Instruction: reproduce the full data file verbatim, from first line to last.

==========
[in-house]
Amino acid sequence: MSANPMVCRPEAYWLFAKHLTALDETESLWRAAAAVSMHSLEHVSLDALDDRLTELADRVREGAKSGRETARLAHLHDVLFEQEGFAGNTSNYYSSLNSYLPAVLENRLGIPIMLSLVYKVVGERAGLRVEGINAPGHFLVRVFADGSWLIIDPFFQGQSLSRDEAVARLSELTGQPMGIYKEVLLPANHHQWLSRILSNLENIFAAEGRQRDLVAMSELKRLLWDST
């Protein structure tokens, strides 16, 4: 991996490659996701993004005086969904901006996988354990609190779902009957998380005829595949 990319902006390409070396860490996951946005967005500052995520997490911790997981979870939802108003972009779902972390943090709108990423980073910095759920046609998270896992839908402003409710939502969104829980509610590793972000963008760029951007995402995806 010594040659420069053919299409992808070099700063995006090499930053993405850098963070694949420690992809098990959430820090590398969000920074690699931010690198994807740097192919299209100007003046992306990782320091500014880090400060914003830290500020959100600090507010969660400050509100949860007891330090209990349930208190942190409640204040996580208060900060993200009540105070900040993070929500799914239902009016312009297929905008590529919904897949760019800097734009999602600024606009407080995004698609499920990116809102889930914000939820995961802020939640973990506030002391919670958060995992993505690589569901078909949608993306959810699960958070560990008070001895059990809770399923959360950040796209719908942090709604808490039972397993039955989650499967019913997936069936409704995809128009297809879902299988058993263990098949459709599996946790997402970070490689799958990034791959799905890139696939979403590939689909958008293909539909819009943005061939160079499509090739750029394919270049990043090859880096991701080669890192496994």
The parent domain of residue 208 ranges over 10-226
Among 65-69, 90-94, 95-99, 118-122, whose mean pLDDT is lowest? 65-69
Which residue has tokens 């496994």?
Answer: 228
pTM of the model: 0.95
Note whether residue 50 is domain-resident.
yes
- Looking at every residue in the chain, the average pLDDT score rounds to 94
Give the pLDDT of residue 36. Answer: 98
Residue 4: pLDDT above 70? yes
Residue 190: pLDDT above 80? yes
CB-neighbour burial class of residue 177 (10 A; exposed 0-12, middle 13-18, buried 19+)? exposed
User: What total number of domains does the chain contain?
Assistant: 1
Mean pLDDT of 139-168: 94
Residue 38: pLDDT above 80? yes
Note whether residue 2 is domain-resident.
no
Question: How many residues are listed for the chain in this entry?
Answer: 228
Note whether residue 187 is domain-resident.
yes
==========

[in-house]
Amino acid sequence: MSANPMVCRPEAYWLFAKHLTALDETESLWRAAAAVSMHSLEHVSLDALDDRLTELADRVREGAKSGRETARLAHLHDVLFEQEGFAGNTSNYYSSLNSYLPAVLENRLGIPIMLSLVYKVVGERAGLRVEGINAPGHFLVRVFADGSWLIIDPFFQGQSLSRDEAVARLSELTGQPMGIYKEVLLPANHHQWLSRILSNLENIFAAEGRQRDLVAMSELKRLLWDST
């Protein structure tokens, strides 16, 4: 991996490659996701993004005086969904901006996988354990609190779902009957998380005829595949 990319902006390409070396860490996951946005967005500052995520997490911790997981979870939802108003972009779902972390943090709108990423980073910095759920046609998270896992839908402003409710939502969104829980509610590793972000963008760029951007995402995806 010594040659420069053919299409992808070099700063995006090499930053993405850098963070694949420690992809098990959430820090590398969000920074690699931010690198994807740097192919299209100007003046992306990782320091500014880090400060914003830290500020959100600090507010969660400050509100949860007891330090209990349930208190942190409640204040996580208060900060993200009540105070900040993070929500799914239902009016312009297929905008590529919904897949760019800097734009999602600024606009407080995004698609499920990116809102889930914000939820995961802020939640973990506030002391919670958060995992993505690589569901078909949608993306959810699960958070560990008070001895059990809770399923959360950040796209719908942090709604808490039972397993039955989650499967019913997936069936409704995809128009297809879902299988058993263990098949459709599996946790997402970070490689799958990034791959799905890139696939979403590939689909958008293909539909819009943005061939160079499509090739750029394919270049990043090859880096991701080669890192496994």
The parent domain of residue 208 ranges over 10-226
Among 65-69, 90-94, 95-99, 118-122, whose mean pLDDT is lowest? 65-69
Which residue has tokens 């496994």?
Answer: 228
pTM of the model: 0.95
Note whether residue 50 is domain-resident.
yes
- Looking at every residue in the chain, the average pLDDT score rounds to 94
Give the pLDDT of residue 36. Answer: 98
Residue 4: pLDDT above 70? yes
Residue 190: pLDDT above 80? yes
CB-neighbour burial class of residue 177 (10 A; exposed 0-12, middle 13-18, buried 19+)? exposed
User: What total number of domains does the chain contain?
Assistant: 1
Mean pLDDT of 139-168: 94
Residue 38: pLDDT above 80? yes
Note whether residue 2 is domain-resident.
no
Question: How many residues are listed for the chain in this entry?
Answer: 228
Note whether residue 187 is domain-resident.
yes